Trainee affiliate status is granted to those who meet education requirements but do not yet have the experience required for the third status, associate member. Associate members must be actively engaged in the field and have made a significant contribution to the forensic science literature or they must have advanced forensic science in another way. They also must hold a degree from an accredited and approved university.
A resident of Austin, Texas, Dr. Danielo Perez earned his MS in forensic science before pursuing his medical degree at the SUNY Downstate Medical College in New York. Drawing on years of experience in forensic pathology, Dr. Danielo Perez of Austin has performed numerous autopsies for deaths that were considered unnatural or unexplained.
Forensic pathologists are physicians responsible for examining the bodies of people whose deaths are sudden or violent. Their goal is to determine the cause as well as the manner of death through a process known as an autopsy.
An autopsy involves an external and internal examination of the decedent. During an external examination, the pathologist first takes note of the body’s characteristics like sex, age, weight, and eye color. The pathologist then searches for anomalies like gunpowder residue, wounds, or scars, which may serve as evidence to help investigators regarding the person’s death.
On the other hand, an internal examination involves opening the body to gain access to the chest, abdominal, and pelvic organs. The pathologist examines the organs in place, after which some organs may be removed for individual inspection, depending on the circumstances. In some cases, the autopsy may require the examination of the brain as well.
At the end of the autopsy, the body is lined with wool or other materials and closed up. In most cases, bodies that have undergone an autopsy can still be presented in open-casket funerals, due to the careful and respectful handling of the pathologist.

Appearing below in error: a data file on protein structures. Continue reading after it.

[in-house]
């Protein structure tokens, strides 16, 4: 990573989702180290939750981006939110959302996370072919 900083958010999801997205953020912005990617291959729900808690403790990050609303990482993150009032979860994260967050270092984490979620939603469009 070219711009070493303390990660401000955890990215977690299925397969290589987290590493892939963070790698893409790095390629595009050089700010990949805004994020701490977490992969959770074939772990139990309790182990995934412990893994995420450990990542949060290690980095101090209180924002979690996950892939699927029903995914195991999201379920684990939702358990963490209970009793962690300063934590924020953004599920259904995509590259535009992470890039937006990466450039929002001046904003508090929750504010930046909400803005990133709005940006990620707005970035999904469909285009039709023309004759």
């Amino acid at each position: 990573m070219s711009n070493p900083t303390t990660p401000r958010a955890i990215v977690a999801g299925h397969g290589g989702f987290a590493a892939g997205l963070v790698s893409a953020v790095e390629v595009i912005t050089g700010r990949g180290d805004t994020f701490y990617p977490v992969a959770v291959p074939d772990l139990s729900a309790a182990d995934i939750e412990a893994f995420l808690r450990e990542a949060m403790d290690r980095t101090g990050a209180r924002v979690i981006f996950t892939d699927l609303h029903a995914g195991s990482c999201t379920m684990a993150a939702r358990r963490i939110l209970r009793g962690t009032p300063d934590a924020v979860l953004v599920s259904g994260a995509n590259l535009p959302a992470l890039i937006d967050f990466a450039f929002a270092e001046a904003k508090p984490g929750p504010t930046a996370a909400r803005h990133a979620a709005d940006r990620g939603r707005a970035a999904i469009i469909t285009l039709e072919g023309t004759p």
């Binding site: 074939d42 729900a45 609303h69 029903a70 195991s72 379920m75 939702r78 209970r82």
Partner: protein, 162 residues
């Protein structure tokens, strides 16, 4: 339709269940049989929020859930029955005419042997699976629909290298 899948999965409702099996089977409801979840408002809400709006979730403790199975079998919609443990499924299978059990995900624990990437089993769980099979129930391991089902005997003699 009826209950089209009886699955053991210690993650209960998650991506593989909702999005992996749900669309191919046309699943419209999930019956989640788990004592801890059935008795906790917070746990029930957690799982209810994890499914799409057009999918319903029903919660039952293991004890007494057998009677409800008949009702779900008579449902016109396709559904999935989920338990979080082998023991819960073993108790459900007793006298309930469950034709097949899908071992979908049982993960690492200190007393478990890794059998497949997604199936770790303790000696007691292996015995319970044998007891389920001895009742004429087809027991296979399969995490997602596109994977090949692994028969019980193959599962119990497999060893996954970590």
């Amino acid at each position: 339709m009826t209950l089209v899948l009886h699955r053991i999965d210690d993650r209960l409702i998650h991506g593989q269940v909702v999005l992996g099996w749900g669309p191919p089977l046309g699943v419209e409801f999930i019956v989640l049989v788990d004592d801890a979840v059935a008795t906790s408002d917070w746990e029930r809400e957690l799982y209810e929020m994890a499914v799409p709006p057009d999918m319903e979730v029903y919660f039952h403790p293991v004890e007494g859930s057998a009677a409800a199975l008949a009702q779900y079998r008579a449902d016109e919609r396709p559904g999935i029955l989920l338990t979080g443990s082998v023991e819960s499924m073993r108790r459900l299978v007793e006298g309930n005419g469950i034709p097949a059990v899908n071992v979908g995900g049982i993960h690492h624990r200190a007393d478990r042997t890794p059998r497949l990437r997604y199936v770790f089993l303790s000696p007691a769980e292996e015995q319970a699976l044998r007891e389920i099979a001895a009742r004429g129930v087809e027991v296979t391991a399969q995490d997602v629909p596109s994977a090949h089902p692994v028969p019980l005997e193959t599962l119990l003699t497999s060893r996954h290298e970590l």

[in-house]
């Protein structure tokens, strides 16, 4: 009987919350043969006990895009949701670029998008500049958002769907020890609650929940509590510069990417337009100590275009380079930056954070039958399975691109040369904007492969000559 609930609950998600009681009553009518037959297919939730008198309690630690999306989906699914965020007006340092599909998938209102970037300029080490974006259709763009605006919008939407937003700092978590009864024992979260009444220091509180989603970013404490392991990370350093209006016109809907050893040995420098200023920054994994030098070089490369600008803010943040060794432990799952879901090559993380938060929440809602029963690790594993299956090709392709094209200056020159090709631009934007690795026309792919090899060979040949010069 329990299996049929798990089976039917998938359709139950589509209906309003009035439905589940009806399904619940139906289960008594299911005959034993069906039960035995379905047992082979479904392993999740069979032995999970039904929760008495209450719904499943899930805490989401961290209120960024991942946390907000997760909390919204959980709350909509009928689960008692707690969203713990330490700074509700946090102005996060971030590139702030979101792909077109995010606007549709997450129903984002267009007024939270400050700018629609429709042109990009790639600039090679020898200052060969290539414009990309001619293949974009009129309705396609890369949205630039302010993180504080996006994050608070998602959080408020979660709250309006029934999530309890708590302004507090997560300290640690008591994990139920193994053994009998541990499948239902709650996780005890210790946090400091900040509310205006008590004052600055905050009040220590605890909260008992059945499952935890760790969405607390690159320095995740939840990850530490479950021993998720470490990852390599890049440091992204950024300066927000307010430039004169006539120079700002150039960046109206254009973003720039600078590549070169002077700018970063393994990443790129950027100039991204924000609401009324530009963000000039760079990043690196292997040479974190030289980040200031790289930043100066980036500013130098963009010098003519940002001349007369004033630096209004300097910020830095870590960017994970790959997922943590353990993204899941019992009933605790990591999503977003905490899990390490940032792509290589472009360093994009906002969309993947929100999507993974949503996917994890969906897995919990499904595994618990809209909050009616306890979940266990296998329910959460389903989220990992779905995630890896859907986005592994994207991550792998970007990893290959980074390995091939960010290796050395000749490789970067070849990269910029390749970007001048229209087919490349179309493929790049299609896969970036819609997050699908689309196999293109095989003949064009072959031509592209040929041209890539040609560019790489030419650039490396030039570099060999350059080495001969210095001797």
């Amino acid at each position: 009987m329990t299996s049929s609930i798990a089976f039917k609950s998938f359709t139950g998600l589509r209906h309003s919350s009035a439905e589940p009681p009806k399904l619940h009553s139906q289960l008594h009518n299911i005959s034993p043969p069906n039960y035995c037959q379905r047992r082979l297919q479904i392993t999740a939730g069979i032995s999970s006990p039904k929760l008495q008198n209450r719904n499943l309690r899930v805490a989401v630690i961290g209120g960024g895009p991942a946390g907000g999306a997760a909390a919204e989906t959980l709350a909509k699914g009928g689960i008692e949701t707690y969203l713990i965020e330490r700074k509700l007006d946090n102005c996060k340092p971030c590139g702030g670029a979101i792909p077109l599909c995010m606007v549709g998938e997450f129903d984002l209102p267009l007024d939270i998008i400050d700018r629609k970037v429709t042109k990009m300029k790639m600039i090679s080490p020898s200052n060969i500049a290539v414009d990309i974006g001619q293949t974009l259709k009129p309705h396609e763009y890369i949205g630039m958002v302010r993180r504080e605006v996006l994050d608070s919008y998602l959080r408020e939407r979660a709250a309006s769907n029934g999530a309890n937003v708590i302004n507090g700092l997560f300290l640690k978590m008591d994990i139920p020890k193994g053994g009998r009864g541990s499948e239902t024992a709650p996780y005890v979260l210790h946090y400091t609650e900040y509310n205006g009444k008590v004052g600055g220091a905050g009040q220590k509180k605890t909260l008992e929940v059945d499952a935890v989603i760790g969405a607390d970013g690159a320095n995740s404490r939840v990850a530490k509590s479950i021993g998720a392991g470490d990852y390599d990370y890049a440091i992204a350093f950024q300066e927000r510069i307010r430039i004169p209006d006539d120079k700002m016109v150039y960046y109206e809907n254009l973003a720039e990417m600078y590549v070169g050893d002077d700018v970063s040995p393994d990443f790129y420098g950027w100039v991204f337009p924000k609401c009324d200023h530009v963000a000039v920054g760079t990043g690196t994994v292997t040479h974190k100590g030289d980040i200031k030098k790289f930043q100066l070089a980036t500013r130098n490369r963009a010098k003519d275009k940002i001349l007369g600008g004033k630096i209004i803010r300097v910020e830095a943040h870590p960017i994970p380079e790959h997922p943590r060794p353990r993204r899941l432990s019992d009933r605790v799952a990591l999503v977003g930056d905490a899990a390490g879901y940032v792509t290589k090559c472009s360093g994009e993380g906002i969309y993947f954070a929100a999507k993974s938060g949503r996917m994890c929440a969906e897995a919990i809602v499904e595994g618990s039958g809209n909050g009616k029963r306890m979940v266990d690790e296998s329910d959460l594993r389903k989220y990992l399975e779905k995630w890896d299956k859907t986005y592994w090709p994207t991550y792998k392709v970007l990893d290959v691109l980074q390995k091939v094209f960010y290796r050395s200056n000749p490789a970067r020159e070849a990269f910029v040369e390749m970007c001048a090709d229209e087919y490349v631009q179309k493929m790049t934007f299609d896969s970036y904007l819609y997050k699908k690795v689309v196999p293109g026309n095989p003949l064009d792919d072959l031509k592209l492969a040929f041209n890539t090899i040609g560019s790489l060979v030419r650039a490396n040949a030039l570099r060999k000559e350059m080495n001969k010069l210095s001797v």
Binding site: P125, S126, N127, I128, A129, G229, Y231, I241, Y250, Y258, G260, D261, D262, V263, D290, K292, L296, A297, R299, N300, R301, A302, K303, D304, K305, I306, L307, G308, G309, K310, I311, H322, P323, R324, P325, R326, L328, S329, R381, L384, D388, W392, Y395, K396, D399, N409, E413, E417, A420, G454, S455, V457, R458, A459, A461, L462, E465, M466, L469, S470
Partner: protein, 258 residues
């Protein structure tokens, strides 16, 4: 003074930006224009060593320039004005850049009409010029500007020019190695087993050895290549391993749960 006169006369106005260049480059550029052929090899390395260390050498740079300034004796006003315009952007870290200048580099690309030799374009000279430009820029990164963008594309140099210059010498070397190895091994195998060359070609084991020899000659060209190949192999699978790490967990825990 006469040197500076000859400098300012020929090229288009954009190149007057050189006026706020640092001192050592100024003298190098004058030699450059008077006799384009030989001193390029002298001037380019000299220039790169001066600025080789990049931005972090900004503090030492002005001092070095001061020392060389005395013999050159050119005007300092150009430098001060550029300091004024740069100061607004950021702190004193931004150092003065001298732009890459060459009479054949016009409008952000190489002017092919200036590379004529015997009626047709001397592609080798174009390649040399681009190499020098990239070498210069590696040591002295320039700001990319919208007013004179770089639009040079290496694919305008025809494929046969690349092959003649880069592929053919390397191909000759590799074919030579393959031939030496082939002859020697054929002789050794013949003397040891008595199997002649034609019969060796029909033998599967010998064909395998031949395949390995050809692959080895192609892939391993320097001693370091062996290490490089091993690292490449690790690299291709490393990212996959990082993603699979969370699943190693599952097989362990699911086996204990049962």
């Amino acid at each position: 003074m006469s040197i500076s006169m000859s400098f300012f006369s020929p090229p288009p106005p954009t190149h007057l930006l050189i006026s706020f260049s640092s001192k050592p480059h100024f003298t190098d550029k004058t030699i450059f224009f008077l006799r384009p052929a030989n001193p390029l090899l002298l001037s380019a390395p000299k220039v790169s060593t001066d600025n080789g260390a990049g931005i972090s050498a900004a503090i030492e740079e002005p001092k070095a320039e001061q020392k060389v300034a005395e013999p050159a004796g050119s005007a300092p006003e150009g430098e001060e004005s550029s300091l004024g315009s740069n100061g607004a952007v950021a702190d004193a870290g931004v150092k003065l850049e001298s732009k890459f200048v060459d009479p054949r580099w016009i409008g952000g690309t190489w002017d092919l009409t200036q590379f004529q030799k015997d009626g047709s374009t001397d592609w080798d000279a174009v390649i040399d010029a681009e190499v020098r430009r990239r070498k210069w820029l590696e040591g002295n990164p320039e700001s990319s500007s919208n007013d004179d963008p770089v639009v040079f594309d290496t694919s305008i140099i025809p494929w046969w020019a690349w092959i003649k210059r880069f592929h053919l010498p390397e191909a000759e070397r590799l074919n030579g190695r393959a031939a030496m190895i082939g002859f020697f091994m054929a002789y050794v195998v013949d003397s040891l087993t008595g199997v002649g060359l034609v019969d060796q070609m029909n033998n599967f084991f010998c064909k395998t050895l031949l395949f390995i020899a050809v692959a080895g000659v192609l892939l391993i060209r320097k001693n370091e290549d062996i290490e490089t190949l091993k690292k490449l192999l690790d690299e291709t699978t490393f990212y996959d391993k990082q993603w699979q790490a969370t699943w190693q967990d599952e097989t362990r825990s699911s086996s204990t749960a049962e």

An experienced forensic pathologist, Danielo Perez of Austin, Texas, has completed autopsies for unnatural and unexplained deaths for many years. Danielo Perez stays active in his field in the Austin area and beyond through memberships with professional organizations. Among these are the American Academy of Forensic Scientists and the American Society of Clinical Pathologists.
Since its founding in 1922, the American Society of Clinical Pathologists has advocated for the interests of pathology and laboratory medicine professionals and currently represents more than 100,000 members. Society members benefit from efforts to advance their profession through initiatives that range from educational programs, to policy and advocacy work.
Policy work at the Society is driven by its Institute for Science, Technology and Public Policy. The Institute, which works to maximize the role of laboratory medicine in patient health, engages in a range of public policy topics that impact the pathology profession. These include patient safety and lab quality in addition to professional standards and workforce licensure.
The Institute also advocates for the future of laboratory medicine by addressing the impact of related factors such as health information technology, payment methods, and global health.
Danielo Perez is a respected presence in the Austin, Texas, community who has undertaken numerous forensic investigations of causes of unexplained and unattended deaths. His responsibilities in Austin extended to testifying in complex cases. Having studied Mandarin Chinese in university, Danielo Perez has a passion for internal martial arts such as Tai Chi and Baguazhang, and philosophies such as Daoism.
With Bagua said to derive from the mountain teachings of Dong Haiquan in ancient Sichuan Province, the discipline is linked with Eagle Claw Kung Fu traditions and includes foundational symbols of Pre-Heaven and Post-Heaven.
The Pre-Heaven symbol ties Heaven and Earth on a single horizon and leads to concepts such as Yin and Yang, with fire rising from the Earth to Heaven and water falling from Heaven to Earth. The cyclical Post Heaven symbol aligns primarily with the seasons and replaces Earth with Water (moon/winter) and Heaven with Fire (sun/summer).
Also known as Eight Diagrams Palm, Baguazhang stands as one of the major disciplines within Nei Jia Kung Fu and is tied to Daoist meditation practices that focus on walking in circles. Its movements emphasize circular patterns, in tandem with concepts such as disruption and “relaxed” joint locking.